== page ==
20 January 2011

a morning in winter

My pillow seems to have greatly expanded gravitational pull these days. Everything is heavier near my bed, including myself. The grey at my window announcing morning does little to lighten the matter and rising to face the day must break down into small, incremental phases. The cat disapproves. He feels I should be leaping up with vigour that mirrors his own. He climbs over the peaks my limbs form in the duvet and presses his face to mine, eager and clumsy. His purr is an odd noise, almost silent, internalized. Pedey head butts me and then clambers over my face to lap the water from the pint jug I keep next my bed. The water thievery is the last straw and I pick him up or just push him, meowing in protest, off the bed.

Thus the first phase of getting up is complete and I sit myself up and rub my eyes and run my hands through hair that is no longer there. The grey light is brighter, though no less grey. I check my phone and iPad and might make a move against someone in Words with Friends (a scrabble knock off I'm constantly losing). My legs and shoulders are sore. I make fists with my toes and stretch out. Swinging my legs over the side of the bed to stand up shouldn't take as much concentration as it does. I grab the cat-tainted pint of water and stand up, not taking a sip. The first few steps fall as though my legs are in braces, or should be. The cat couldn't be happier at my resurrection, believing the sole purpose of my animated state is to feed him. He races underfoot, howling, delighted to have a feeder and a playmate. I'm delighted if I can avoid tripping over the wee shite.

If I've dreamt, I'll ponder them, trying to draw details back from the recesses of my subconscious and attempt to assemble some manner of linear narrative to the abstract. I delude myself into thinking this is a good morning brain exercise, but all it tends to do is confuse me.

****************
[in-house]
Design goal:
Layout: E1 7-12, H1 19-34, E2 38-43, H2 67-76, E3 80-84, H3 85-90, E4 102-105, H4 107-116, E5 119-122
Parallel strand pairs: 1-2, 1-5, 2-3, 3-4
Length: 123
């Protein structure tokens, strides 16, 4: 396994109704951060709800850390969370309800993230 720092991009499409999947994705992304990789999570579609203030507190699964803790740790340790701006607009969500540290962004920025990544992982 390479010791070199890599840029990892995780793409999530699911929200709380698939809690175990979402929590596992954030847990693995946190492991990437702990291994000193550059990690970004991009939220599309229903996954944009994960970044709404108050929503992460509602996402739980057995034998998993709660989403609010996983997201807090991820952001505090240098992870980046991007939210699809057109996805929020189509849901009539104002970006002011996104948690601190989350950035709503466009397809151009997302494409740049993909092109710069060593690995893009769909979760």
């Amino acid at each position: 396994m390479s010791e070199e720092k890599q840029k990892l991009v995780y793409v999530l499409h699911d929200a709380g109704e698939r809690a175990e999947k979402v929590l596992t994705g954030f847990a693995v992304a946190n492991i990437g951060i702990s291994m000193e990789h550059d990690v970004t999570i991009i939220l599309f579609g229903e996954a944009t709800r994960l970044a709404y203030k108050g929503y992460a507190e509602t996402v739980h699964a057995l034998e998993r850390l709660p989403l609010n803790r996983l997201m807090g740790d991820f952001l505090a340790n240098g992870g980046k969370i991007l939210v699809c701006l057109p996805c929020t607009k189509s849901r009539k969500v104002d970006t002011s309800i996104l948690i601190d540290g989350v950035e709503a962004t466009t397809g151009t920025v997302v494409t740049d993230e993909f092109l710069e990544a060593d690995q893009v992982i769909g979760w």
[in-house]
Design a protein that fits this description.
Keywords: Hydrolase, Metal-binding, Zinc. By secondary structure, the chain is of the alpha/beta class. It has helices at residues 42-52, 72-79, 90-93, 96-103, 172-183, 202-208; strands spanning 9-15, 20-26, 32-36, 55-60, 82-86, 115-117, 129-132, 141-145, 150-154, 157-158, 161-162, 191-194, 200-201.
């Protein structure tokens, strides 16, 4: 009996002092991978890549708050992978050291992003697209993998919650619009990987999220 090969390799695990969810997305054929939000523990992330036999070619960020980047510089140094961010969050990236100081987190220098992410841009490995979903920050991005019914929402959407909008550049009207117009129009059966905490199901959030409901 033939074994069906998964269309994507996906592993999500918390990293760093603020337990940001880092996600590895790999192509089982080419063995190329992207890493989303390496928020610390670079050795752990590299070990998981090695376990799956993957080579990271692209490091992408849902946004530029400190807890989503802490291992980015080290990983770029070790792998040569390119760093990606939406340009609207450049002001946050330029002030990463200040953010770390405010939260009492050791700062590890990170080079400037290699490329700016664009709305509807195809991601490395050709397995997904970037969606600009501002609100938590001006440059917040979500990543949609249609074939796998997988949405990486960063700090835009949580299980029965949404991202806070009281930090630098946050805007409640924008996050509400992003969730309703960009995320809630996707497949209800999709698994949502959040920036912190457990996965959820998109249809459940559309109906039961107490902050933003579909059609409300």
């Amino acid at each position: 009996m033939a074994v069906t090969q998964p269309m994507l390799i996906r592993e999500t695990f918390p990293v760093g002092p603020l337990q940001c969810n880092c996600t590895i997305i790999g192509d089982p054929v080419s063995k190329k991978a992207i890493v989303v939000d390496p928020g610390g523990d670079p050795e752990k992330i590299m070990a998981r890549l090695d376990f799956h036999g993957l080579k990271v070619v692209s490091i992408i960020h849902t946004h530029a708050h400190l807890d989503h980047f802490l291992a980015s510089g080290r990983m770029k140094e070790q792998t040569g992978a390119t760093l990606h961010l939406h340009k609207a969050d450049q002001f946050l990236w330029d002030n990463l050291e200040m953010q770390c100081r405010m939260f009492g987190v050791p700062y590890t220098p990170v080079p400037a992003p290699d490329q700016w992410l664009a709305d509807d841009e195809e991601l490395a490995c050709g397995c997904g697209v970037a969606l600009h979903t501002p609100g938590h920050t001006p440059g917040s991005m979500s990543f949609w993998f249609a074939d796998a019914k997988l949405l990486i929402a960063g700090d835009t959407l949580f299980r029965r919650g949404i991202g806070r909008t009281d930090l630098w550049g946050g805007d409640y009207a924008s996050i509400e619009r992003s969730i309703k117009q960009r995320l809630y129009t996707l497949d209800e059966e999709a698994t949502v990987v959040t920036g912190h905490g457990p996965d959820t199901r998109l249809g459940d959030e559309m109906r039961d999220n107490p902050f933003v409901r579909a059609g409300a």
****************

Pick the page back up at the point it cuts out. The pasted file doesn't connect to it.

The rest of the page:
Coffee becomes incredibly important about now. Espressos. Or perhaps a run before coffee. The road splits, and this is where everyday is not the same.

Today I ran. It was still dark when I set out. Frost coated the roads and sidewalks and grassy embankments. The sun rose more in the south than east and the sea sat calm beneath it. I could see my breath and by the end my whole body steamed as though I'd just been removed from an oven.

I staggered home and the day started.

18 January 2011

the rattling of a wagon

I can't remember which Christmas or birthday it was, or even if it was one of them at all. In any case, one year I wound up with a red Radio Flyer wagon. I don't think it excited me at the time. My reaction was probably, 'it's ok, I guess' or something similar. It grew on me, though. It wasn't a toy, it was a tool for childhood; as seminal in its own way as my first bike. Not to say I didn't use it as a toy, of course I did. My mom and her hardwood floors were all too aware of my propensity to use it as such. She never regretted giving it to me though; it was too useful. It was the kid's version of having a station wagon. All of the sudden a trip to the park could be undertaken fully equipped with all manner of cumbersome sporting equipment, picnic, toy and even extra clothing. Just pile it in the Radio Flyer and away we went. It made a racket on the brick sidewalks of Beacon Hill, trumpeting our youthful parade. My mother would use it from time to time as well, when she didn't want to take the car. It served to link my boyhood to that of Calvin, from Bill Watterson's Calvin & Hobbes. I never quite managed to find a trail quite as idyllic as the scenes set in the comic, but my mind certainly wandered as I sat in it and gripped the handle careening through imagined wilderness. It was frequently a mining cart from Indiana Jones and the Temple of Doom. It leapt many a magma pool in its day.